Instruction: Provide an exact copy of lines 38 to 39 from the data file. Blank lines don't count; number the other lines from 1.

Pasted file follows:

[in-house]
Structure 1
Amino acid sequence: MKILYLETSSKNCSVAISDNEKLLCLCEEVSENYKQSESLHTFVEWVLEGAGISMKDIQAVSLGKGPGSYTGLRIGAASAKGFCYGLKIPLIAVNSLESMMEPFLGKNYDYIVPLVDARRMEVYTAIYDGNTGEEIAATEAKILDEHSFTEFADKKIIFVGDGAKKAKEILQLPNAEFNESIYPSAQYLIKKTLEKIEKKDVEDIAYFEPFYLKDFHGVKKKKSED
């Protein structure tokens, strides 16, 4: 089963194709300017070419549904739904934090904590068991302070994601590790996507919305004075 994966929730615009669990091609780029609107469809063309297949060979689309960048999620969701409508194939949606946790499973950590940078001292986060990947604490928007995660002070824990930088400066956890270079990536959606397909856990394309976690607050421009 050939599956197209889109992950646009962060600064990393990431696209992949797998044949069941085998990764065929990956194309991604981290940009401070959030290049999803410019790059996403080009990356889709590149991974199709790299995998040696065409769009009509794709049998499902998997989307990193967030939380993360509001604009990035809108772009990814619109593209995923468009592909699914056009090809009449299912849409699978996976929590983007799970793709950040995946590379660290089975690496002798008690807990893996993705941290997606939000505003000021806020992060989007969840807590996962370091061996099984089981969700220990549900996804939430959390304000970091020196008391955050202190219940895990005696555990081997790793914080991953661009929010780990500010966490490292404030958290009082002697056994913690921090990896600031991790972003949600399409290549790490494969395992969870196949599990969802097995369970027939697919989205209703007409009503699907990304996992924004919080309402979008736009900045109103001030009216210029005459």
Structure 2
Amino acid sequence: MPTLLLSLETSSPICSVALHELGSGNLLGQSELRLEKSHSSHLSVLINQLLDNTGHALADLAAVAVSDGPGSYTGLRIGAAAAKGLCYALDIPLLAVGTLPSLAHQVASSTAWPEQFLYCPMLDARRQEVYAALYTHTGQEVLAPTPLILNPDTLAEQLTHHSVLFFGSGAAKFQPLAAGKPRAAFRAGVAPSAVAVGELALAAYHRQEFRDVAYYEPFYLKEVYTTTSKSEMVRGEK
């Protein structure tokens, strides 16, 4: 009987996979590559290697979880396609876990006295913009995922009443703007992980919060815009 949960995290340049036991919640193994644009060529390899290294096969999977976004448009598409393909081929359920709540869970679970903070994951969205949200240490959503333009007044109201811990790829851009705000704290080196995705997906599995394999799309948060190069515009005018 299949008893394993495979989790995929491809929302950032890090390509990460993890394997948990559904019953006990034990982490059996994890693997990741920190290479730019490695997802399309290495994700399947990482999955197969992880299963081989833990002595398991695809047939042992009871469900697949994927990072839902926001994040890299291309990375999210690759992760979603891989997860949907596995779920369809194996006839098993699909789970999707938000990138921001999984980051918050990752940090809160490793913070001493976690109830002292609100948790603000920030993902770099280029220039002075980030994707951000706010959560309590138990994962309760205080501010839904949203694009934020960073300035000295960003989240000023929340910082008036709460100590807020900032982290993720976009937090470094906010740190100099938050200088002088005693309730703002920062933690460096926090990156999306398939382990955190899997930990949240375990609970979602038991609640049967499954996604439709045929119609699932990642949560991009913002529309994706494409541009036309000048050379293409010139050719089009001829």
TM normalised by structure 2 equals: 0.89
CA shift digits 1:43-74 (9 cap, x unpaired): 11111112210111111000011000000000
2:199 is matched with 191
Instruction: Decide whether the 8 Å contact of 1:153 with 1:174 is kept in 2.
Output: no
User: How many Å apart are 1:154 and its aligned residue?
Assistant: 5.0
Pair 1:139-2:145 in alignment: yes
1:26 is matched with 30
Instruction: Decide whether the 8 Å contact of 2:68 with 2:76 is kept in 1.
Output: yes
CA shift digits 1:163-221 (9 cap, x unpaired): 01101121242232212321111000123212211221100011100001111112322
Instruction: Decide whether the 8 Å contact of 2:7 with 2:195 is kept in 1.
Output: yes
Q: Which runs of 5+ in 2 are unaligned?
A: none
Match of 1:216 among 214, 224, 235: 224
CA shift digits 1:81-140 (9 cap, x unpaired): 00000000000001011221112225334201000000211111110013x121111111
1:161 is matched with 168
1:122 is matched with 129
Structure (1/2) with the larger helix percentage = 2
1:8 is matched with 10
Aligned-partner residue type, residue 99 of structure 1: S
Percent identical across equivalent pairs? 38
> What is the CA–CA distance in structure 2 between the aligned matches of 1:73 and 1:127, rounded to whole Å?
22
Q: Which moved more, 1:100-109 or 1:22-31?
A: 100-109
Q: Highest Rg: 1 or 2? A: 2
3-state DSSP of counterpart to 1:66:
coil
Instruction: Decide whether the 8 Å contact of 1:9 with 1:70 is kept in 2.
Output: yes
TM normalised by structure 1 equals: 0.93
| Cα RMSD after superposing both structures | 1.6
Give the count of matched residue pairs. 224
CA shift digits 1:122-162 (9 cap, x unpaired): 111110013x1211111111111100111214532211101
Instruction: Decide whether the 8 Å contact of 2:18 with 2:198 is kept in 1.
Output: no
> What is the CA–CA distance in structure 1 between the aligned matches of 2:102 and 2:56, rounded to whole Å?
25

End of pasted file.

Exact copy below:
coil
Instruction: Decide whether the 8 Å contact of 1:9 with 1:70 is kept in 2.